Beloved Bird

Umpiring legend, administrator, philanthropist. The many shades of Dickie Bird

50-Dickie-Bird Neeru Bhatia

Harold Dennis Bird, 86, watched the India-Sri Lanka match on July 6 from the VIP suite in the Carnegie Pavilion at the Headingley Cricket Ground. The stand to his left had the dressing rooms. Its viewing gallery—Sir Dickie Bird Players’ Balcony— was funded by him (£1,25,000). He did it to make the hot Headingley dressing rooms more comfortable for the players. Why? Because cricket, particularly cricket in Yorkshire county, is his whole world.

It (technology) has taken away all authority from the umpires. [But,] we have to live with it because it is here to stay. —Dickie Bird, former umpire

Bird was born in the county, in Barnsley, in 1933 into a working class family. His father, a miner, wanted his son to pursue a career in sports. Bird and his two sisters had a happy childhood in a two-up two-down terraced family home near the mining pits. He played cricket and football with his father in the evenings. Fellow Yorkshireman Sir Geoffrey Boycott was his teammate at the Barnsley Cricket Club. At 19, Bird signed a professional contract with the Yorkshire County Cricket Club (YCCC) on an annual retainer of up to £650. He also started work as a travelling salesman for a sports goods shop during winters.

He played 93 matches for Yorkshire and Leicestershire as a right-hand batsman, but being in and out of the teams made him look towards coaching and, later, umpiring as a full-time career. He umpired 66 Tests and 69 ODIs and retired in 1996 as the most beloved and respected umpire in the world. His last Test was England versus India at the Lord’s. The recent chapter in Bird’s cricket journey is an administrative stint as president of the YCCC.

As he speaks, there is a twinkle in his eyes. There is also a lot of emotion and pride. “I watch Yorkshire a lot because I was president of the club for two years and we won back-to-back championships,” he tells THE WEEK. “I come here every day and watch Yorkshire matches. I come here during Tests. I will come here every day when the Ashes match happens.” Never once while he spoke did he take his eyes off the game (Rohit Sharma was crafting his record-breaking fifth century in this World Cup). Does the umpire in him judge the action? “Oh no, I just watch it as a spectator,” he says. Bird has attended all the matches at Headingley, the home of the YCCC. “It has been a good World Cup so far,” he says. “I said England would win the World Cup before the tournament started and I do not think [the result] will be far from my prediction.”

His favourite cricketer of all time is Sachin Tendulkar, who played for Yorkshire aged 18. “I thought he was a genius,” he says. “The first time I saw him playing for India, I said so. He was so young, just out of school. I said he will put his name in the record books. He had so much time to play the ball.” He adds that Tendulkar took umpiring decisions in his stride. Bird is quite excited about England Test skipper Joe Root, also a Yorkshireman. “He picks the line and length quicker than anybody else,” says Bird. “I love watching him bat.”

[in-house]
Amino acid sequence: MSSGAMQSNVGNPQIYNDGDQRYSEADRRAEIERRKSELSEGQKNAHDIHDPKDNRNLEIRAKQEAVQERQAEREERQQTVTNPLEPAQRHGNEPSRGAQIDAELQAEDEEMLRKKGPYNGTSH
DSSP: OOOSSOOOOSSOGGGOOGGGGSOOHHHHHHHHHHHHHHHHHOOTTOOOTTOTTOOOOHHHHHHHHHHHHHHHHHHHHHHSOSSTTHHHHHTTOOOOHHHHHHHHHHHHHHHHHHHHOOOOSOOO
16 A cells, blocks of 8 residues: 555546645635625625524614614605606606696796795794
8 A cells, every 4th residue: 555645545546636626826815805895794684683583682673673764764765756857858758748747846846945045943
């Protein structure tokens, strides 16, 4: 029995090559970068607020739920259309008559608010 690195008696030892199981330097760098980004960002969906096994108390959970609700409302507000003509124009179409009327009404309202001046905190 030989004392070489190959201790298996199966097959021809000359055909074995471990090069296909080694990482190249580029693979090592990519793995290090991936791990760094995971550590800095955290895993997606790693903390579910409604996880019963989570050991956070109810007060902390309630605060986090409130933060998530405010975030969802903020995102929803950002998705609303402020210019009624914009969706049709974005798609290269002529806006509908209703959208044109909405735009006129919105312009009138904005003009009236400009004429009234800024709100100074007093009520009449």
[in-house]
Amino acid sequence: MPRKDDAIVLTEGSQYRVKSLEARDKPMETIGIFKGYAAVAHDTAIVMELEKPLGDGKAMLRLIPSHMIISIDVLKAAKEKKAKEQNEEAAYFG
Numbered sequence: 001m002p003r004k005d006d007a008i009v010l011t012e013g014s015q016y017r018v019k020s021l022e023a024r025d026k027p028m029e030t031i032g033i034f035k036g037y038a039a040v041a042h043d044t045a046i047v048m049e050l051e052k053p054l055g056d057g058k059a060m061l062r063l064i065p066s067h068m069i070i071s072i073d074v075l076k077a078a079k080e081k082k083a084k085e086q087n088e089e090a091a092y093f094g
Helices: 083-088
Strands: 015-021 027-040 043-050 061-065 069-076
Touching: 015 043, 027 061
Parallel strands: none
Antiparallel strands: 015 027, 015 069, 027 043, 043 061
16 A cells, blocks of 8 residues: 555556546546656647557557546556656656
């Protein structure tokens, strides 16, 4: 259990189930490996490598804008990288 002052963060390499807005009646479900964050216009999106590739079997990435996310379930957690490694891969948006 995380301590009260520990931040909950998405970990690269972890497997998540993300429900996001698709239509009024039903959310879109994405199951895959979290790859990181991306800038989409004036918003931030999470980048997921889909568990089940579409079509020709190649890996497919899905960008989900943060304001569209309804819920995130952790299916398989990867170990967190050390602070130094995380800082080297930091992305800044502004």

As the decision review system (DRS) overturns an umpiring call in the India-Sri Lanka match, the conversation turns to technology in cricket. His dislike for technological innovations in the game is well known, but he has come to grudgingly accept some of them. “Technology has taken over umpiring. So it is difficult to judge who the best umpire is,” he says. “It is a great shame. It has taken away all authority from the umpires. [But,] we have to live with it because it is here to stay.” Surely, DRS and ultra edge help when the stadium is so noisy? He smiles and responds, “Yes there is a lot of noise here, but I do not think it is as much as in Calcutta!” Bird has officiated in stadiums like Eden Gardens in the pre-DRS era and his decisions were rarely questioned. But, he believes that debates over umpiring are good for the game and that aspect has been taken away by technology. However, he does give credit to technology in deciding run-outs.

Bird is very proud of the fact that he never had to exchange a “cross word” with any player. “You have to earn your respect,” he says. He recounts an incident with the fiery Australian pacer Merv Hughes during an Ashes match. “Hughes was a great character,” says Bird. “He was bowling to Graeme Hick, who was playing and missing, and Hughes’s language was not very good. I told him, ‘I want you to be a good boy, stop swearing.’ He said to me, ‘Dickie Bird, you are a legend. I won’t swear again.’ The next ball, Hick played and missed, and I have never known language like that in my life!”

An advocate of upholding the spirit of the game, Bird says, “Play hard, but do not go overboard.” About the Mankading debate, he says: “I think that (Mankading) is going too far. Yes, it is within the laws of the game, but I would ask the fielding captain whether he wants that dismissal. If he says yes, then I would give out.” As a former administrator, Bird is pragmatic about changes in the game and he is not willing to condemn 100-ball cricket, despite furious criticism of the impending format from purists in England. Watch it and then react, he says.

Bird suffered a stroke in 2009, but recovered fully. The bachelor was alone at home when it happened, and the experience left him shaken. Home is a 16th century cottage in Barnsley with four bedrooms, one with a garden, overlooking the Pennines mountain ranges. He has lived there for 50 years, but makes it a point not to become a recluse. The octogenarian is wealthy thanks to his massively successful book, Dickie Bird: My Autobiography, and plans to leave behind a fortune for child health care. He gets emotional while speaking about children with congenital diseases. Bird is also the proud owner of a Jaguar. Why? Because it is a British car!